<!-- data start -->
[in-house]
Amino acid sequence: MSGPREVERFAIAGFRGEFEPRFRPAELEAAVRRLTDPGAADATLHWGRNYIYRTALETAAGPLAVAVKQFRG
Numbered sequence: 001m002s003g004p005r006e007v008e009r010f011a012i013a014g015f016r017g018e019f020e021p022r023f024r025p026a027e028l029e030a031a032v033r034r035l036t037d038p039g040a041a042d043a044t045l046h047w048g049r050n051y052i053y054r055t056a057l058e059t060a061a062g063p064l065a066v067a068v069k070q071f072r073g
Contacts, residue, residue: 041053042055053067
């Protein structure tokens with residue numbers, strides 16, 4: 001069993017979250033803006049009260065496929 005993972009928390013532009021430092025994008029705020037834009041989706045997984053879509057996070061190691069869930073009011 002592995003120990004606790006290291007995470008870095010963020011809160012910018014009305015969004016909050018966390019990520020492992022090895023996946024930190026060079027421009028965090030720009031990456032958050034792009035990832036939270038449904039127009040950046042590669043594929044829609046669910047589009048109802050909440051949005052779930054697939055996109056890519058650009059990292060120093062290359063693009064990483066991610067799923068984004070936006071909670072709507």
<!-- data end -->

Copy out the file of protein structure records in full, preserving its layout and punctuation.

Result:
[in-house]
Amino acid sequence: MSGPREVERFAIAGFRGEFEPRFRPAELEAAVRRLTDPGAADATLHWGRNYIYRTALETAAGPLAVAVKQFRG
Numbered sequence: 001m002s003g004p005r006e007v008e009r010f011a012i013a014g015f016r017g018e019f020e021p022r023f024r025p026a027e028l029e030a031a032v033r034r035l036t037d038p039g040a041a042d043a044t045l046h047w048g049r050n051y052i053y054r055t056a057l058e059t060a061a062g063p064l065a066v067a068v069k070q071f072r073g
Contacts, residue, residue: 041053042055053067
């Protein structure tokens with residue numbers, strides 16, 4: 001069993017979250033803006049009260065496929 005993972009928390013532009021430092025994008029705020037834009041989706045997984053879509057996070061190691069869930073009011 002592995003120990004606790006290291007995470008870095010963020011809160012910018014009305015969004016909050018966390019990520020492992022090895023996946024930190026060079027421009028965090030720009031990456032958050034792009035990832036939270038449904039127009040950046042590669043594929044829609046669910047589009048109802050909440051949005052779930054697939055996109056890519058650009059990292060120093062290359063693009064990483066991610067799923068984004070936006071909670072709507």